Budapest, 1901 - Budapest, 1944
He lived his life faithful to a creed for which he died..
His art as a painter, sculptor, and engraver was inspired by the surrounding reality.
The pursuit of haven and heaven
Born in 1901, Cserepes István became an orphan at a young age; by 17 he already held a job, as a blacksmith.
Forced by circumstances he went on to as a hospital firefighter, then as a medical assistant. It was in the hospital where he had to witness suffering and pain, which determined him to find refuge in drawing. He drew landscapes, birds, and flowers, anything away from human nature. He was, possibly, in the pursuit of haven and heaven.
Things seemed to be going well, as he attended the School of Fine Arts in Budapest from 1926 to 1930 under the mentorship of Csók István despite a financial situation that afforded little opportunity for studies. The artist applied for a scholarship with the Ministry of Culture, reinforced by a letter of recommendation from his teacher. He was refused. However, in the end, fortune smiled upon him as he received a scholarship in Paris. Maybe fortune smiled upon him twice, because there, in Paris, he won the bronze medal at the 1937 World's Fair.
A painter, a sculptor, and an engraver
He shaped his artistic style around the reality that surrounded him, rather than around various theories, so, possibilities being endless, he experimented with the many means of expression and materials available. After all, Cserepes István was not only a painter but also a sculptor and an engraver. The artist developed a desire to collect objects such as instruments, Roman terracotta, small Buddha statuettes, or other relics, which, because of his poor material condition, he hunted at flea markets. The Buddha statuettes were constantly included in his still-life paintings, as well as other gathered small objects.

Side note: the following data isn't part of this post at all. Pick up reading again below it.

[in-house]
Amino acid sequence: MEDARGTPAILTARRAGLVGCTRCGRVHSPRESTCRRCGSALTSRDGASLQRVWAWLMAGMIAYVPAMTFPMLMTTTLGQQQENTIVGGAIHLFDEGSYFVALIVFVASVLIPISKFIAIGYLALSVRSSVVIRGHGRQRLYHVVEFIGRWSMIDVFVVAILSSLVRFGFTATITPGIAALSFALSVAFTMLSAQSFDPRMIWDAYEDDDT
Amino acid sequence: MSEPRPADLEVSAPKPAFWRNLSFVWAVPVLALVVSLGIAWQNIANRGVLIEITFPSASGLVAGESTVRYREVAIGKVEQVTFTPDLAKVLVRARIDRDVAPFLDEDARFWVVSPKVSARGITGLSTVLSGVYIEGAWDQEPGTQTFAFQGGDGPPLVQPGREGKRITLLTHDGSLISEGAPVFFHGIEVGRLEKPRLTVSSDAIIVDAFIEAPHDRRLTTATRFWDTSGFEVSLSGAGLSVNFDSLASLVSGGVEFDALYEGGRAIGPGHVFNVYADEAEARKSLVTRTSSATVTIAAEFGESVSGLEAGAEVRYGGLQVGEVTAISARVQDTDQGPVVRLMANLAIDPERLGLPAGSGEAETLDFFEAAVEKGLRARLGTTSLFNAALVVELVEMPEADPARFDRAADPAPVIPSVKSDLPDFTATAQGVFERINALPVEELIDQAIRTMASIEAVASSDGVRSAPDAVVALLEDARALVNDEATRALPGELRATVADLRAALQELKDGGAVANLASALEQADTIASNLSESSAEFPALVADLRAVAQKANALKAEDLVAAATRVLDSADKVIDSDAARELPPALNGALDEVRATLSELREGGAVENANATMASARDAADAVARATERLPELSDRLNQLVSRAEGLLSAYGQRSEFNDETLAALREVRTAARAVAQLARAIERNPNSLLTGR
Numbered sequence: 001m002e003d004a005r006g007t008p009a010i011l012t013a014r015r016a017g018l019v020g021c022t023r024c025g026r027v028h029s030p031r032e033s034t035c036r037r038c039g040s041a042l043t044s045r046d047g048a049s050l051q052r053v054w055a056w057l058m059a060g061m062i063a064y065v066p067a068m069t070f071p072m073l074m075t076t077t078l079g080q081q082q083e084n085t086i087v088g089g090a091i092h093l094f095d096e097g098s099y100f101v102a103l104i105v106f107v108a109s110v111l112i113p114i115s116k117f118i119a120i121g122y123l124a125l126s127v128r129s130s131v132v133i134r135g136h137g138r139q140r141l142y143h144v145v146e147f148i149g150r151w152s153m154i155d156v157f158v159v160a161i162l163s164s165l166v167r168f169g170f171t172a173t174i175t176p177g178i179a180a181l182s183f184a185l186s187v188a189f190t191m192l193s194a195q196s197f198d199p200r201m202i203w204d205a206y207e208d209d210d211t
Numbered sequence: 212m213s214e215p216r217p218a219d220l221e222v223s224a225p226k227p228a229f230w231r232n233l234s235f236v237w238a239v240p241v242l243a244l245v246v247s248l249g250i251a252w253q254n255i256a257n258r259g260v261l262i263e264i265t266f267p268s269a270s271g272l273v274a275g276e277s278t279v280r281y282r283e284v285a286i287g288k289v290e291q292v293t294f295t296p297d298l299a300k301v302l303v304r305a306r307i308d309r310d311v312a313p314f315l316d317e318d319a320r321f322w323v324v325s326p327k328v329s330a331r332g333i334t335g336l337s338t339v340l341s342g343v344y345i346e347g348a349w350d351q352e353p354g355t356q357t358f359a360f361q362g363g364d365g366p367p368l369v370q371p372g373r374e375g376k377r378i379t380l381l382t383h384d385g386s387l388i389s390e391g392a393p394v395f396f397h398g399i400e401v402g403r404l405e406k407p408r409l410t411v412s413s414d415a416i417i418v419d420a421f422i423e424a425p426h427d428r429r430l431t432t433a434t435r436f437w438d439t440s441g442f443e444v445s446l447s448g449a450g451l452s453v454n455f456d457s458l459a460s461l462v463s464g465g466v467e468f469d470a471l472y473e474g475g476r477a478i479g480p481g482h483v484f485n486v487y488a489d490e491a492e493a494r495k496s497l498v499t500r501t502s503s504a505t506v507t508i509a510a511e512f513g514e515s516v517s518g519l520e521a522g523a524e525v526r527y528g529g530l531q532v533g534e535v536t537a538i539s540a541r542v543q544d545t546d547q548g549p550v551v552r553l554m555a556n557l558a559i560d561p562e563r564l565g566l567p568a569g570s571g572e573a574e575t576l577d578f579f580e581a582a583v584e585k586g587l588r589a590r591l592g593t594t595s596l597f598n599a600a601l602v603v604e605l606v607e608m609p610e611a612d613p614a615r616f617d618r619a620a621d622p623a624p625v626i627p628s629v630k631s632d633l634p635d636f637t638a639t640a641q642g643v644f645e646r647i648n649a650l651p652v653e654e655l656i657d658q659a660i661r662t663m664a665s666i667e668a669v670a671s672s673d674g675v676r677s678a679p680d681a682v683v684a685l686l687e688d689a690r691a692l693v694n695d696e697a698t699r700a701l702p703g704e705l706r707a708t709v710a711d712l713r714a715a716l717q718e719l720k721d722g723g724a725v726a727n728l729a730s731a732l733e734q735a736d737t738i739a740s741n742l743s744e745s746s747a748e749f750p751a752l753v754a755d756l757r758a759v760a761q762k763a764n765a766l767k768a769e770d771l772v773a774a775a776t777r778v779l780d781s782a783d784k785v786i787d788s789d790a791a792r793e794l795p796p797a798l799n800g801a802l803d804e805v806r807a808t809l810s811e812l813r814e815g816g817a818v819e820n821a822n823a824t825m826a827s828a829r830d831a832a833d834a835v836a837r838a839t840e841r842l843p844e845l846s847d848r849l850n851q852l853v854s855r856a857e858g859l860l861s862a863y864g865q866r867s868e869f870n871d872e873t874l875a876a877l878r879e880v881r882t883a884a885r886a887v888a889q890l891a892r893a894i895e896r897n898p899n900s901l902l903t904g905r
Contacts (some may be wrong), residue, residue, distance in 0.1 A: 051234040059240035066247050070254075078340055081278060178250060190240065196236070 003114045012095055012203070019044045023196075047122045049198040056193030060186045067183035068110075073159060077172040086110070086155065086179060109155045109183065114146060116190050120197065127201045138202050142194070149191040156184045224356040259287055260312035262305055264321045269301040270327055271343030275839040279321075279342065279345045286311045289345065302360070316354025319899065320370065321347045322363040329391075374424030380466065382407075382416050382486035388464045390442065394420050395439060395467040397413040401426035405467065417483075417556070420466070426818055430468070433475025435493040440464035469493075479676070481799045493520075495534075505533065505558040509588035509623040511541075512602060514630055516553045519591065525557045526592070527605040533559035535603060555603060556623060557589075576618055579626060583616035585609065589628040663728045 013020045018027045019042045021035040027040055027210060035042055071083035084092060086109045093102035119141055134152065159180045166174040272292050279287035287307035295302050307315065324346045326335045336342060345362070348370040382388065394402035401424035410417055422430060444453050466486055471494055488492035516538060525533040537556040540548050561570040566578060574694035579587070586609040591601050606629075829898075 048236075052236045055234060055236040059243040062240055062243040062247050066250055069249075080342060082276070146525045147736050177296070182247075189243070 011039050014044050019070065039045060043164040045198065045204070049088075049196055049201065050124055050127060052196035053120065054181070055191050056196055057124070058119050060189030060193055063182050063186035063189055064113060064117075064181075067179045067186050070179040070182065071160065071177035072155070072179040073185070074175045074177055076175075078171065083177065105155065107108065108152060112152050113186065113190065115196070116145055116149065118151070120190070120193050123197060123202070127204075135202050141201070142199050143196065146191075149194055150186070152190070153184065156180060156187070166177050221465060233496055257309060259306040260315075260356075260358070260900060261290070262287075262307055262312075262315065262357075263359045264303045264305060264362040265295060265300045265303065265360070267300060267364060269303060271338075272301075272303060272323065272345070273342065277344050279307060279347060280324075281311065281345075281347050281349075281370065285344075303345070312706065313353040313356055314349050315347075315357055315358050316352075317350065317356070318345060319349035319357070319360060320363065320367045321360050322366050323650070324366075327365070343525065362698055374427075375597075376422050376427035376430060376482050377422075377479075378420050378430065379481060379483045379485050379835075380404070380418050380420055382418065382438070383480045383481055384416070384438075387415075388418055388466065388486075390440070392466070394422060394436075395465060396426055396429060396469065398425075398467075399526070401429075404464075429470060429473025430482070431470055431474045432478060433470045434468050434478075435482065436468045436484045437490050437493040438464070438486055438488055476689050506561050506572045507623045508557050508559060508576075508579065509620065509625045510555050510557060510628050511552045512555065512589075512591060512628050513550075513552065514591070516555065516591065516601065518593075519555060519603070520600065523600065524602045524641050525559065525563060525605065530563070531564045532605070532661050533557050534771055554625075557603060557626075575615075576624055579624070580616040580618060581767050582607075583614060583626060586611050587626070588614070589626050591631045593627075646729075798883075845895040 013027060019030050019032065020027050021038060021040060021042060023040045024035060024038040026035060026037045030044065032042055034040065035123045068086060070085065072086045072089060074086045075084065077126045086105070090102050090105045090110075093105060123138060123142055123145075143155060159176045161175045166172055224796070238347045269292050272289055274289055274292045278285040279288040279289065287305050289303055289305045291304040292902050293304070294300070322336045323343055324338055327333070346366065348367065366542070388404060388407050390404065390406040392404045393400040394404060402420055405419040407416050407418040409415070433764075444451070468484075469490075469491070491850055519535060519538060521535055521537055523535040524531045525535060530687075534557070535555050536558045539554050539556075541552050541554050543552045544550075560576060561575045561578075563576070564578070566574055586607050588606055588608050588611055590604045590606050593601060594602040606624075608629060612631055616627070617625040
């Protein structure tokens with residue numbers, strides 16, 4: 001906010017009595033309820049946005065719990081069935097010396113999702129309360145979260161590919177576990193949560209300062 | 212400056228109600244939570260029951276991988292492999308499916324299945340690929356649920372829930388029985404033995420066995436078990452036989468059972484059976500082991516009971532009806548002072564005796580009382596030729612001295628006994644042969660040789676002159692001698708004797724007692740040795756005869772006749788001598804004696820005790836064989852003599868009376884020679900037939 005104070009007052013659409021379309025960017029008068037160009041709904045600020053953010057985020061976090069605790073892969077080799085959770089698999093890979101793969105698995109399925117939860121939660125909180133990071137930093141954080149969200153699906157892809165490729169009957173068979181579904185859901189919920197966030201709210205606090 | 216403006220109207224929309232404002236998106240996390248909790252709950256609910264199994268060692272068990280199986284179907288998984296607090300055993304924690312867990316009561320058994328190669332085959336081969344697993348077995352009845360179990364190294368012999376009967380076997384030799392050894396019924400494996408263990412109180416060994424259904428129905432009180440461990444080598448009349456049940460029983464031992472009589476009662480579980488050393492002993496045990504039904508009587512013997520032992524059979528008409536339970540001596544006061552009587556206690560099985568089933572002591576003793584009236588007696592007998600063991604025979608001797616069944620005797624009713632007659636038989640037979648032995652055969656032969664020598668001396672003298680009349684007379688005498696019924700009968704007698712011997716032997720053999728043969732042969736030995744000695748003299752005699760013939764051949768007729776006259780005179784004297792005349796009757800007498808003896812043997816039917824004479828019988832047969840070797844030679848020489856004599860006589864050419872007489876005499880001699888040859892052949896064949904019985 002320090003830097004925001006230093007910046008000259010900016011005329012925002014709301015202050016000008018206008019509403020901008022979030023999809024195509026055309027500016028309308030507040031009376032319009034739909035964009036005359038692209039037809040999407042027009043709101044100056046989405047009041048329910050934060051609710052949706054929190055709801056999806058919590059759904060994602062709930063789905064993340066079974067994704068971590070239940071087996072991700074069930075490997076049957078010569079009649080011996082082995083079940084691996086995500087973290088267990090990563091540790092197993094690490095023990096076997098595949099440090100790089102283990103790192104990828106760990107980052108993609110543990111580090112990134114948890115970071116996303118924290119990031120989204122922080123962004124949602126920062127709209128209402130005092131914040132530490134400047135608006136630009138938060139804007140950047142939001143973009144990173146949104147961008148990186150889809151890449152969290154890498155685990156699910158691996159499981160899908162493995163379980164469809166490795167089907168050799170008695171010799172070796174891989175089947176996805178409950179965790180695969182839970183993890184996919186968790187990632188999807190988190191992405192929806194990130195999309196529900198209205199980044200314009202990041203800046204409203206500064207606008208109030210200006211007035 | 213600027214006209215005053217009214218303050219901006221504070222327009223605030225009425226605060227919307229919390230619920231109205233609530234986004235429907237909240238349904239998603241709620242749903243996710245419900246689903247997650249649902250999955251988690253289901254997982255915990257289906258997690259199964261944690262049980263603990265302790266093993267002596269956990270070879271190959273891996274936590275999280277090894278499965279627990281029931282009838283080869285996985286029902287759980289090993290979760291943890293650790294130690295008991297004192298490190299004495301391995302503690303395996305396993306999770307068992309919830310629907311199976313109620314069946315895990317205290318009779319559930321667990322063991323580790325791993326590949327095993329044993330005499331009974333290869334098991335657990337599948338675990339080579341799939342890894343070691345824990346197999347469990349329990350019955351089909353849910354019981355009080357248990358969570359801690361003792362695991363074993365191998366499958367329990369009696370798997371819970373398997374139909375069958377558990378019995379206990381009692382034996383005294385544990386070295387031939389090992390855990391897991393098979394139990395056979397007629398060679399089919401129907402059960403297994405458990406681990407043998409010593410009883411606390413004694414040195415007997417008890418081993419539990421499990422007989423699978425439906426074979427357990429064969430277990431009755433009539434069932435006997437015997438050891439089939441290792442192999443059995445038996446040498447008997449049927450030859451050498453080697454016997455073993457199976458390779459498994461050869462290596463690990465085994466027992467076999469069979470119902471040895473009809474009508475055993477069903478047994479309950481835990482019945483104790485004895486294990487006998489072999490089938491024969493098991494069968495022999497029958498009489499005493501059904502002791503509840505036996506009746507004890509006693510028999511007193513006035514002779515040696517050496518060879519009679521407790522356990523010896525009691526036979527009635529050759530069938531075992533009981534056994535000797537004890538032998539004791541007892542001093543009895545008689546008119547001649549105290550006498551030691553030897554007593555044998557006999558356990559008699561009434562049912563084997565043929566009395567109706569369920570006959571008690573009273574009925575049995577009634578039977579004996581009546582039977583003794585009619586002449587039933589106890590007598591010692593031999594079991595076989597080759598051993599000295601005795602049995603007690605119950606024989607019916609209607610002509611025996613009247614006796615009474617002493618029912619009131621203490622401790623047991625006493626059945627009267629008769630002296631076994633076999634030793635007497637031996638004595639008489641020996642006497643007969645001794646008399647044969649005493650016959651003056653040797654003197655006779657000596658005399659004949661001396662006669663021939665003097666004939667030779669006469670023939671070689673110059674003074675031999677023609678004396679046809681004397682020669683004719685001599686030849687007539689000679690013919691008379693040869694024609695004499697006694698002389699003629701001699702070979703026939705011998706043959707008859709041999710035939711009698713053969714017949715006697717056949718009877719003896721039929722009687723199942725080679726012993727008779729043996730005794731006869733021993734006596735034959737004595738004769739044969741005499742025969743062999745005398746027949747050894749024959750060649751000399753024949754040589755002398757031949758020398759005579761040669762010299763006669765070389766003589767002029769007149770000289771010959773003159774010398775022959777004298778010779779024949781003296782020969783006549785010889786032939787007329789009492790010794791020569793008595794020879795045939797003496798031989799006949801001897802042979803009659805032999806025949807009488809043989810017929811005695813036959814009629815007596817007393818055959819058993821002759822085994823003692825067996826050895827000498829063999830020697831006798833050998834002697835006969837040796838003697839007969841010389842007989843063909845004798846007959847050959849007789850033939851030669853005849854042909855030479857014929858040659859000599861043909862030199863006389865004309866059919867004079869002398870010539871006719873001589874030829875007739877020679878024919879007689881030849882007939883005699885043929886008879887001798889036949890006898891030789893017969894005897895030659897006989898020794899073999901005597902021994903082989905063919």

Believing in something to die for
Thanks to his socialist political affiliation, in 1940 he won the Szinyei Society Award. Meanwhile, increasingly aware of the fascism manifested with World War II, a group of young artists of socialist affiliation created a social circle, strengthened by artistic prestige, influencing more and more young people to join their cause. Yet, in 1944 the fascists overtook the country. For all that, Cserepes István remained an anti-fascist and still an active one, helping those in need and speaking openly against the radical ideology. Moreover, to defy the representatives of the then-current power, he opened a sculpture exhibition in March of the same year. In December 1944, in search of fugitives, members of the Arrow Cross Party entered the house where he lived. The artist remains true to his creed, goes out into the yard, and defies them. According to the housekeeper, he was taken over by the Arrow Cross members and was never seen again… except through his works.